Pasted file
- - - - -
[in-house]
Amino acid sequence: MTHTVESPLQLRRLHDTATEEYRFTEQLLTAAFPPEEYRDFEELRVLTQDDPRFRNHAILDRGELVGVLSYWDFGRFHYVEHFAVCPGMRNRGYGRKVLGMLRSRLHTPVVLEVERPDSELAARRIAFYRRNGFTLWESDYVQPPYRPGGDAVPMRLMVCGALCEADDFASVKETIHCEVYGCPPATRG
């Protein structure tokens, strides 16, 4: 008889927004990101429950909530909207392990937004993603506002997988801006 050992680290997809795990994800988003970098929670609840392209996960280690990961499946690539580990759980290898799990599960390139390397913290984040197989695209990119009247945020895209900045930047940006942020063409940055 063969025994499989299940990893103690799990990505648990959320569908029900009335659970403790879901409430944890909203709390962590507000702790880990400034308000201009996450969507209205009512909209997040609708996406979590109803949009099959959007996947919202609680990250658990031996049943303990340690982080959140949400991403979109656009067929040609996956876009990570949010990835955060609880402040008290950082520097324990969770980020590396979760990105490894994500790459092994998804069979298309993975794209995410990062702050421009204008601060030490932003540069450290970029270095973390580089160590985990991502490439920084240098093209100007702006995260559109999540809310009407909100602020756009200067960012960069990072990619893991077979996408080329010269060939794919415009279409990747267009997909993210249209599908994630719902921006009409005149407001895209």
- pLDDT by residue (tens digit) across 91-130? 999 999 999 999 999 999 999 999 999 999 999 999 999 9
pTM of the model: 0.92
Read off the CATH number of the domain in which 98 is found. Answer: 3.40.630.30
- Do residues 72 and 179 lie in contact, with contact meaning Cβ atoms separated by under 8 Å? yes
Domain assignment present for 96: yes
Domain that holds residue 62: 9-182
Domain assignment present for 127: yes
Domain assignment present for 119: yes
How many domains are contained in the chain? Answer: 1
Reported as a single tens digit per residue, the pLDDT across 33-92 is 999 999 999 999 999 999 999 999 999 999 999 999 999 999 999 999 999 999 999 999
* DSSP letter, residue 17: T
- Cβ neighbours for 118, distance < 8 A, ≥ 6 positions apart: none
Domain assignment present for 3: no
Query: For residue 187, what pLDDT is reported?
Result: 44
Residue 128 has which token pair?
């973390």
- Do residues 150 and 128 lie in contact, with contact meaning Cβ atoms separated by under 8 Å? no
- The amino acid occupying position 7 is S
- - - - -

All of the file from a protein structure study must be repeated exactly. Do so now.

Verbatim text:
[in-house]
Amino acid sequence: MTHTVESPLQLRRLHDTATEEYRFTEQLLTAAFPPEEYRDFEELRVLTQDDPRFRNHAILDRGELVGVLSYWDFGRFHYVEHFAVCPGMRNRGYGRKVLGMLRSRLHTPVVLEVERPDSELAARRIAFYRRNGFTLWESDYVQPPYRPGGDAVPMRLMVCGALCEADDFASVKETIHCEVYGCPPATRG
């Protein structure tokens, strides 16, 4: 008889927004990101429950909530909207392990937004993603506002997988801006 050992680290997809795990994800988003970098929670609840392209996960280690990961499946690539580990759980290898799990599960390139390397913290984040197989695209990119009247945020895209900045930047940006942020063409940055 063969025994499989299940990893103690799990990505648990959320569908029900009335659970403790879901409430944890909203709390962590507000702790880990400034308000201009996450969507209205009512909209997040609708996406979590109803949009099959959007996947919202609680990250658990031996049943303990340690982080959140949400991403979109656009067929040609996956876009990570949010990835955060609880402040008290950082520097324990969770980020590396979760990105490894994500790459092994998804069979298309993975794209995410990062702050421009204008601060030490932003540069450290970029270095973390580089160590985990991502490439920084240098093209100007702006995260559109999540809310009407909100602020756009200067960012960069990072990619893991077979996408080329010269060939794919415009279409990747267009997909993210249209599908994630719902921006009409005149407001895209």
- pLDDT by residue (tens digit) across 91-130? 999 999 999 999 999 999 999 999 999 999 999 999 999 9
pTM of the model: 0.92
Read off the CATH number of the domain in which 98 is found. Answer: 3.40.630.30
- Do residues 72 and 179 lie in contact, with contact meaning Cβ atoms separated by under 8 Å? yes
Domain assignment present for 96: yes
Domain that holds residue 62: 9-182
Domain assignment present for 127: yes
Domain assignment present for 119: yes
How many domains are contained in the chain? Answer: 1
Reported as a single tens digit per residue, the pLDDT across 33-92 is 999 999 999 999 999 999 999 999 999 999 999 999 999 999 999 999 999 999 999 999
* DSSP letter, residue 17: T
- Cβ neighbours for 118, distance < 8 A, ≥ 6 positions apart: none
Domain assignment present for 3: no
Query: For residue 187, what pLDDT is reported?
Result: 44
Residue 128 has which token pair?
């973390």
- Do residues 150 and 128 lie in contact, with contact meaning Cβ atoms separated by under 8 Å? no
- The amino acid occupying position 7 is S